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Fauna & Flora International’s Dave Gill explains why a breakthrough by Guangxi Institute of Botany scientists could help save one of China’s most threatened tree species.
Cambodia’s Centre for Biodiversity Conservation team is trying to uncover the mystery of the evasive, Endangered fishing cat, which is under threat from snaring and trapping and habitat destruction. So are there fishing cats left in Cambodia? If so, how many and where do they live? Dr Nick Souter investigates…
Through blistering sunshine and a tropical downpour the Fauna & Flora International (FFI) coastal and marine conservation team in Cambodia kept on smiling throughout World Oceans Day, 8 June 2015!
Community Development Advisor Gordon Homer describes in vivid detail a recent expedition to the remote Cardamom Mountains in Cambodia, where he and colleagues from FFI were searching for signs of the rare and elusive Siamese crocodile.
Marta Calix explains how her internship with the Global Trees Campaign has completely changed the way she looks at trees, and why each species is just as unique and fascinating as any mammal or bird…and just as worth saving.
Scientists have recently published a guide to Myanmar’s marine invertebrates, but what exactly are they and why should we care? Drawing on her own past experience, Fauna & Flora International’s Sarah Rakowski shares her thoughts…
As the World Bank prepares to update its Environmental Safeguard Policies, Pippa Howard asks if weak standards and poor enforcement are paving the way for companies to destroy biodiversity.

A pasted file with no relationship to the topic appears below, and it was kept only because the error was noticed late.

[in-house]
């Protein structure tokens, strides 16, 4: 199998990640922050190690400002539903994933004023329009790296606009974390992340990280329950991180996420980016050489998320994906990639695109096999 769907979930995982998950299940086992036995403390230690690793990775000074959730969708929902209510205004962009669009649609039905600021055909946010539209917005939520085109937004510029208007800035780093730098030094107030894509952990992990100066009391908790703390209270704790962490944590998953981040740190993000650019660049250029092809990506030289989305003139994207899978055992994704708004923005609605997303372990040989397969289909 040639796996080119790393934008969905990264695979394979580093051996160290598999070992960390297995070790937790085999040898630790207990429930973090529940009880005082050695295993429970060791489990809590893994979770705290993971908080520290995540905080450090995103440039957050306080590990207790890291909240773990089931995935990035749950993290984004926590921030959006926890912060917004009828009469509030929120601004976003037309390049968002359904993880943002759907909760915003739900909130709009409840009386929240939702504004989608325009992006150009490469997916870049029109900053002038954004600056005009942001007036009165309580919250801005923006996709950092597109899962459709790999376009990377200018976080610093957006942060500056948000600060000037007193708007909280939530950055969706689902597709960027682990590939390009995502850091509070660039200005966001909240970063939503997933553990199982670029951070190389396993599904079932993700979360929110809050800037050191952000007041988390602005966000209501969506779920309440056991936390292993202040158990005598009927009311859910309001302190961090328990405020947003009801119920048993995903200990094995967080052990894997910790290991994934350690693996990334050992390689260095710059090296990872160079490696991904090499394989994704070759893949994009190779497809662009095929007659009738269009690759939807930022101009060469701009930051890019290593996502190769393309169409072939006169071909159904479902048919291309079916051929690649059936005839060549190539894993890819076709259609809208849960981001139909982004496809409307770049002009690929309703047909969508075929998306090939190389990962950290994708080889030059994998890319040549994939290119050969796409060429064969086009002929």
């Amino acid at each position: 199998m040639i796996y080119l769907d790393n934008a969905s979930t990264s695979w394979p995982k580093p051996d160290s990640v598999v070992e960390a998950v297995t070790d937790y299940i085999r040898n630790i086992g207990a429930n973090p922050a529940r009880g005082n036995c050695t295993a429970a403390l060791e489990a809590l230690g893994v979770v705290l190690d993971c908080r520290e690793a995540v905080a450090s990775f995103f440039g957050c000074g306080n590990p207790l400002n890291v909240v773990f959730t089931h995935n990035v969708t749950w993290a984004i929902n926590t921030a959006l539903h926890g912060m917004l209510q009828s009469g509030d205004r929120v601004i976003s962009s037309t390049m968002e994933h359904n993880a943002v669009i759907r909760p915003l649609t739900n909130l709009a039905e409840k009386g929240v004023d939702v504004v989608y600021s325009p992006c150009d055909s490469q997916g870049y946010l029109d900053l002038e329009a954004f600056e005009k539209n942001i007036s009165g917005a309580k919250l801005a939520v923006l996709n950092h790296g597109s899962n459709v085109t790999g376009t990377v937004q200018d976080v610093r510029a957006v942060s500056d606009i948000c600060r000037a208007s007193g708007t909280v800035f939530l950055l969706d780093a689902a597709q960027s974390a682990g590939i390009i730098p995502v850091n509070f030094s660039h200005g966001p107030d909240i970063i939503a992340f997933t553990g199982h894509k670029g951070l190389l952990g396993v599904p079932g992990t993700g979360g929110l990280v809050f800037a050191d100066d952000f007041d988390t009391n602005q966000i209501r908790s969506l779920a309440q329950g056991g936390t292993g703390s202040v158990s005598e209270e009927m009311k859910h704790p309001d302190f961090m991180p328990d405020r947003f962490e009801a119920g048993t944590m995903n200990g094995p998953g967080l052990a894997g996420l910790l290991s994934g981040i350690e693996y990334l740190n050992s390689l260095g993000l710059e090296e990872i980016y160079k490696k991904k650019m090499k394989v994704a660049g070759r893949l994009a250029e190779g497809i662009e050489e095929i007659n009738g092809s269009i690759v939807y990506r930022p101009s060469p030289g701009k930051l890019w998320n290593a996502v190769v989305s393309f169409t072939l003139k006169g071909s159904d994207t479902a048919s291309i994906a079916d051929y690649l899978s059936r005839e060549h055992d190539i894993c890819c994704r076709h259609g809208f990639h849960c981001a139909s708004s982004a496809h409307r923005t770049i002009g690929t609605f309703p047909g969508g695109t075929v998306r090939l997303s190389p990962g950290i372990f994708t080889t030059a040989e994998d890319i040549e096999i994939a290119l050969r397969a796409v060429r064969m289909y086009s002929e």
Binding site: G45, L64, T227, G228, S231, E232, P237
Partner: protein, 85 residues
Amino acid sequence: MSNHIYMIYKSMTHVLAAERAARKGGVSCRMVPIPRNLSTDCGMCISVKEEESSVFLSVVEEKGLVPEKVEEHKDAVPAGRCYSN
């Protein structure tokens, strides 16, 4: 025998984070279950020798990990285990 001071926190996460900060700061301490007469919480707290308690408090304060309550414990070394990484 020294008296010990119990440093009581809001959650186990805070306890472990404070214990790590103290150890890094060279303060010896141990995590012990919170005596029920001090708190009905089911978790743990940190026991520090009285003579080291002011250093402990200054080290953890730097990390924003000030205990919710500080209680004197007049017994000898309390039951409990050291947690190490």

As the Global Trees Campaign publishes a series of practical guidelines for tree conservation, Fauna & Flora International’s Dave Gill explains why we need to make these techniques more accessible to the wider conservation community.
On World Pangolin Day, Dan Challender, Co-Chair of the IUCN SSC Pangolin Specialist Group, outlines the devastating effect of the illegal wildlife trade on a sorely neglected animal, and highlights the need for urgent intervention on its behalf.
Cambodian herpetologist Neang Thy has been researching amphibians and reptiles since 2003 and has an impressive record of discoveries including a wolf snake, a kukri snake and a lygosoma lizard species.
In 2010, Thy was honoured with a namesake gecko, the Southeast Asian Cnemaspis neangthyi, and he’s just made headlines again with the discovery of a legless amphibian, Ichthyophis cardamomensis – only the second caecilian species ever to be found in Cambodia. Here Thy shares his thoughts about the thrill of being a part of herpetology history…